Elizabeth was dumped in an orphanage in Seoul . After some time, she was lucky enough to be adopted by an American couple. But when she arrived in America she found herself once again surrounded by fanaticism and prejudice.
Elizabeth's mother had always told her life was made up of ten thousand sorrows, and, supported by her loving daughter, and by a return to her Buddhist faith, she finally found a way to saviour those joys, as well as the courage to exorcise the demons of her past.
...... outer back cover.
FIRST SENTENCE (Chapter 1):- On the night Omma died, it seemed as if the land of Morning Calm held its breath in disbelief at the horror visited upon its children.
MEMORABLE MOMENT (Page 87):- Fear ruled my life. I was afraid of my parents. I was afraid of God and of hell. I was afraid of the kids at school who whispered about me and giggled. I was afraid I'd get sent back to the orphanage. I was afraid of going to sleep. I was afraid of the glow-in-the-dark head of Christ wearing the crown of thorns hanging in the hallway.
KEEP IT OR NOT?:- Not. I'll be passing this on to a friend who has a particular interest in this genre.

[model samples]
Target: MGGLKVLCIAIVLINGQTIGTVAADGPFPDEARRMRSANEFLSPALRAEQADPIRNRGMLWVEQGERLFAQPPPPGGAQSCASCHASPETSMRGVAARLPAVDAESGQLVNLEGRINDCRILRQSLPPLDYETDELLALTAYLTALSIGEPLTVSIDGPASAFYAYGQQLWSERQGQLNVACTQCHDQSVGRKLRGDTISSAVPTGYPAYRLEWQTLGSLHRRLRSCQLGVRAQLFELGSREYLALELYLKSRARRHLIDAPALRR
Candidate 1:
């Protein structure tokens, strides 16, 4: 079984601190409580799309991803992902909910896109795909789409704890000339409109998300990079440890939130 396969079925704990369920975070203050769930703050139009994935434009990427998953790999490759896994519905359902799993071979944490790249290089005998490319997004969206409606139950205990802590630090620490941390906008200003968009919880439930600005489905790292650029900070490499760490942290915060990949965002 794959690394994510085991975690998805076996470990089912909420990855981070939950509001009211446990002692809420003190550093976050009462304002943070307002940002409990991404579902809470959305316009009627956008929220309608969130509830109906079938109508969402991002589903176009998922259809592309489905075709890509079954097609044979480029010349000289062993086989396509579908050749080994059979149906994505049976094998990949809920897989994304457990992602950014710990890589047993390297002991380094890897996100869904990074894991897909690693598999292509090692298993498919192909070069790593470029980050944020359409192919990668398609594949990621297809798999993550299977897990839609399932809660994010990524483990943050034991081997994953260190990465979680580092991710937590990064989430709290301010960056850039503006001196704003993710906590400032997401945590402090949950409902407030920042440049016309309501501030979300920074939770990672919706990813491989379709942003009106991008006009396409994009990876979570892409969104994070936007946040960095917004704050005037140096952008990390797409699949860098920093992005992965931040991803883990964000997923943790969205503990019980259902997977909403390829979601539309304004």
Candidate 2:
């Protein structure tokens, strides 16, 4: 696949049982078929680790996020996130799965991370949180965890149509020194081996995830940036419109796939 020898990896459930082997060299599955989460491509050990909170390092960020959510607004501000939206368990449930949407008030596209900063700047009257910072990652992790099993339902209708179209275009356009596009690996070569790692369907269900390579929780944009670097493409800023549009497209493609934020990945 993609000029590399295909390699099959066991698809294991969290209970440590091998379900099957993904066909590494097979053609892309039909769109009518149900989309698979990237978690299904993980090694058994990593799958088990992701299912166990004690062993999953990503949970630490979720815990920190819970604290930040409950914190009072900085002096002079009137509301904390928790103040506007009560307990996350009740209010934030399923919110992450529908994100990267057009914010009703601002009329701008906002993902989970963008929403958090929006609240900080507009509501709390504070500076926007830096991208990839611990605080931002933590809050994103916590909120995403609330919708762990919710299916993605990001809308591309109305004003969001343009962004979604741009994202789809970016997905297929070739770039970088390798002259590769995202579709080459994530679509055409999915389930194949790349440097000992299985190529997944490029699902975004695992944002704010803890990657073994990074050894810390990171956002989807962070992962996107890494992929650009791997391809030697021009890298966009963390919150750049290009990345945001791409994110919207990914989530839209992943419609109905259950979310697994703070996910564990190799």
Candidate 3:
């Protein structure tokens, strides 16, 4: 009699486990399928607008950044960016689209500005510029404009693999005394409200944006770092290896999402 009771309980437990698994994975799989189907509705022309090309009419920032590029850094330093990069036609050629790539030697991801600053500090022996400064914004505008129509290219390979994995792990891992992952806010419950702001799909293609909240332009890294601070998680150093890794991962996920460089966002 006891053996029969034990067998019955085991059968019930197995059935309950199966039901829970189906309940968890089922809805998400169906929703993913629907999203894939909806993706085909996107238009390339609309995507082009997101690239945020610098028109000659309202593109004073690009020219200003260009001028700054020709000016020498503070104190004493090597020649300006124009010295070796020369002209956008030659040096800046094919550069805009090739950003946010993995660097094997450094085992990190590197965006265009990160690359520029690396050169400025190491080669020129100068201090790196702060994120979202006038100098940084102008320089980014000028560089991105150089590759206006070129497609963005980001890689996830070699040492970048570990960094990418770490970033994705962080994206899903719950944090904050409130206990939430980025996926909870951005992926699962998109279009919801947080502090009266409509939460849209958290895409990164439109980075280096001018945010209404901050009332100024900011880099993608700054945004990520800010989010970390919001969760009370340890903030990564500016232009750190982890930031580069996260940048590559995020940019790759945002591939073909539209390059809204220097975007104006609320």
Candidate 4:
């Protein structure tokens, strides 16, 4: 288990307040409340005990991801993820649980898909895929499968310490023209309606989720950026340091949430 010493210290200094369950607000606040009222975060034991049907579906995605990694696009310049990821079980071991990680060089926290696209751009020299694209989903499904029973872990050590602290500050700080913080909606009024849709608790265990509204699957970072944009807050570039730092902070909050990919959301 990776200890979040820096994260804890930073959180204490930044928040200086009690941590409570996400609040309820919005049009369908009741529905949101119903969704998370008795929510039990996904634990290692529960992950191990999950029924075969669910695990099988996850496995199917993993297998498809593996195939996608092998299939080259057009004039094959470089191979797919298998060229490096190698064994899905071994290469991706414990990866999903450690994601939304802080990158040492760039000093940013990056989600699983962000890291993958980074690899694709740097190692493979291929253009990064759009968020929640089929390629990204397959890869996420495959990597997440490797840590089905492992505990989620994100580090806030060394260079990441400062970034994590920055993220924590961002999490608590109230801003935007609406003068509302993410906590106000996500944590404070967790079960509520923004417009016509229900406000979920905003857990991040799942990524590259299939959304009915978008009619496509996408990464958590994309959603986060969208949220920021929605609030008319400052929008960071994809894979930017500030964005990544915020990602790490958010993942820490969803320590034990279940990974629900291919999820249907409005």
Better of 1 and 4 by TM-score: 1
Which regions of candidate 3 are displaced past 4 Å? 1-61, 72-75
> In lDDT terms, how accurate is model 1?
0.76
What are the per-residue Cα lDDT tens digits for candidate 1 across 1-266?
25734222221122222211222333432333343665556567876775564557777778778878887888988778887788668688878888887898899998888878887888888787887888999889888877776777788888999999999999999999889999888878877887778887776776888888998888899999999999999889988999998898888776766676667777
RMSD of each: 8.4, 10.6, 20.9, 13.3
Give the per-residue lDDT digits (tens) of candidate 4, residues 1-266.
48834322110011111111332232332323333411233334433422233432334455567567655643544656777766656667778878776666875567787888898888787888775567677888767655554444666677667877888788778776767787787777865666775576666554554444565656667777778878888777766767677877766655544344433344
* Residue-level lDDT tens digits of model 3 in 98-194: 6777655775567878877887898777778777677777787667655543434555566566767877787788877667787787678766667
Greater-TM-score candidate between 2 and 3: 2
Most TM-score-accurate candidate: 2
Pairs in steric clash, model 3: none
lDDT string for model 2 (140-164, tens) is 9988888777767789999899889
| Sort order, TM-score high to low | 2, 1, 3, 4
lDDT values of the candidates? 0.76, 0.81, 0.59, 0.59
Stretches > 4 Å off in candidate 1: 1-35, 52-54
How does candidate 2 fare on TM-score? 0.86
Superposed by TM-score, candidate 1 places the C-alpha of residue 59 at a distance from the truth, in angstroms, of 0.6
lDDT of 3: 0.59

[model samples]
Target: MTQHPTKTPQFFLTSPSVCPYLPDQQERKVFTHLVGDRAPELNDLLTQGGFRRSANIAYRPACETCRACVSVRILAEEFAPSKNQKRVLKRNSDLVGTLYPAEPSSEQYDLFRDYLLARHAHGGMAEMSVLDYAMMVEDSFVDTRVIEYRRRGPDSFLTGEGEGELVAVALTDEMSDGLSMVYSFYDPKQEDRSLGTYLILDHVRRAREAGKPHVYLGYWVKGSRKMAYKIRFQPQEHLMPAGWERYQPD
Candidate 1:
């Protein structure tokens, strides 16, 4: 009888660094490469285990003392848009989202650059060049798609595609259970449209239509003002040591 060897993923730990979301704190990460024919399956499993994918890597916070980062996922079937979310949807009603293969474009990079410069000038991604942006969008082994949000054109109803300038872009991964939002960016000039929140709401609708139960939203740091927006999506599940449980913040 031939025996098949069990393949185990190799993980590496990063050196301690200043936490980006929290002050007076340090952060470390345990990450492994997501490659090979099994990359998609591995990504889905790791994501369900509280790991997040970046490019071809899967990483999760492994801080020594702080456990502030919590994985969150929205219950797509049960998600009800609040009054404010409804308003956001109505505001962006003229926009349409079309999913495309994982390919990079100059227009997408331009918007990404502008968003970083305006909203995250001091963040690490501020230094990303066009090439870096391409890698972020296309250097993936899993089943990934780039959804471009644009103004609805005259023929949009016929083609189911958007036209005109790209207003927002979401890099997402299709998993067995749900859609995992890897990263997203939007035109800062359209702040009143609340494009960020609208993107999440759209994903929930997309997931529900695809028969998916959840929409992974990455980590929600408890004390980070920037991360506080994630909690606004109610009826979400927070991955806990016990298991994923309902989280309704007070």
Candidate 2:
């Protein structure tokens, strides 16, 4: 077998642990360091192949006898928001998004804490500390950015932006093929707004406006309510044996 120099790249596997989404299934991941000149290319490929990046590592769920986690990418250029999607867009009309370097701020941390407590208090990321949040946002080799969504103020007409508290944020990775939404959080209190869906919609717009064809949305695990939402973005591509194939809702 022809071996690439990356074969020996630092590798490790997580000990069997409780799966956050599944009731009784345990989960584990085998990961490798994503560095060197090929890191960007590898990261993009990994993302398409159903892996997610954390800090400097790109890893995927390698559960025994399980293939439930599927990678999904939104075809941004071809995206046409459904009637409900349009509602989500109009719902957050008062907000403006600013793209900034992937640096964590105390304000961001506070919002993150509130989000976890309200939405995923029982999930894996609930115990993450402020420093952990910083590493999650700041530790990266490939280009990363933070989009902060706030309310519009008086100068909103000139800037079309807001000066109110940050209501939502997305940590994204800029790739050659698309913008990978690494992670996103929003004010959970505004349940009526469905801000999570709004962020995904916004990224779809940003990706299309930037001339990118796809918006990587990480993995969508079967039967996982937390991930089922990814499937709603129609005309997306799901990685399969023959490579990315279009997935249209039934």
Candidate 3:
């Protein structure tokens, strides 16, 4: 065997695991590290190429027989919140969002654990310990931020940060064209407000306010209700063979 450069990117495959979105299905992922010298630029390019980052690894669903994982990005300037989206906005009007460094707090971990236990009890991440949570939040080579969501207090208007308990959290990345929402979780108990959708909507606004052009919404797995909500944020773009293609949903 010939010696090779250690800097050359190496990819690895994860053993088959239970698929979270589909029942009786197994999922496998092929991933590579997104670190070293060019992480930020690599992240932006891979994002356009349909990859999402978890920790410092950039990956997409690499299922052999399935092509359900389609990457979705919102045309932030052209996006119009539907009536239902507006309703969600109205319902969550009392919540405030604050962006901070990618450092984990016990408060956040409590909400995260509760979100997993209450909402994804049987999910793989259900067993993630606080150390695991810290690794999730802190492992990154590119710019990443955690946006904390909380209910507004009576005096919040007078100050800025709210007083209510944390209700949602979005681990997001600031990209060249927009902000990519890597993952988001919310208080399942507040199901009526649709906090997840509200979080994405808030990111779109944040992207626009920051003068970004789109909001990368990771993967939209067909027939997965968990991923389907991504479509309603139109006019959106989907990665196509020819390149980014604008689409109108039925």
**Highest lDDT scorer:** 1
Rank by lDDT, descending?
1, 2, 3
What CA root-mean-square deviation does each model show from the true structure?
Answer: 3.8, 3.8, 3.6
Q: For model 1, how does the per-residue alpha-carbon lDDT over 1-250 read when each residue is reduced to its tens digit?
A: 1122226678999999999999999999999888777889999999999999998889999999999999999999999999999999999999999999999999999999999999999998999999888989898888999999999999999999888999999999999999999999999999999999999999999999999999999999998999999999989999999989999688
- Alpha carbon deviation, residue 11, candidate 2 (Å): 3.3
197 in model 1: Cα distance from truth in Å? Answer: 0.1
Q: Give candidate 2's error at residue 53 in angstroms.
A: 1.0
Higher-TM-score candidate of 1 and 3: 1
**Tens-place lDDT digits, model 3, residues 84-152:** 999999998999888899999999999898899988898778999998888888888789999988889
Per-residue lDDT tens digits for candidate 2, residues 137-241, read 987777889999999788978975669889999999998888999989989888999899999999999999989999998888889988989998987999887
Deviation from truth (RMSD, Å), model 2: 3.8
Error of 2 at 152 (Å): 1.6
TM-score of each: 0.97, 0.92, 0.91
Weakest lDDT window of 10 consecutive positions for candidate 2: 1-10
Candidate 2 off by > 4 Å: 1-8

Here I again, the 6th time I've attempted this review, it really is proving so difficult to put my thoughts down without sounding somewhat callous.
To be honest I found myself questioning several of the statements that Elizabeth made in the book and would question her recall of several events. I also cannot understand her adult self's preoccupation with certain matters which, along with her belief that "all Korean mothers are amazing examples of uncomplaining self-sacrifice", I found frustrating.
That said, I had a great deal of empathy with the child Elizabeth who grew up not knowing who she really was, hating the way she looked, believing that "Whether in Korea or America (her) face was wrong. In Korea (her) eyes were too American; in America they were too Asian" and, "mimicking without understanding a music (her adopted father insist she learn the piano), a language and a life that was not (her) own."
Though told mainly through Elizabeth's words and poetry there are also occasional insights from her daughter Leigh which I find just as telling and in some aspects possibly more truthful. Ten Thousand Sorrows is an interesting read in that, if nothing else, it is a great argument for those who believe children should only be adopted by families who share the same ethnicity, religious and cultural backgrounds.
THE 35th book read in my 100+ Reading Challenge, this was a charity shop buy.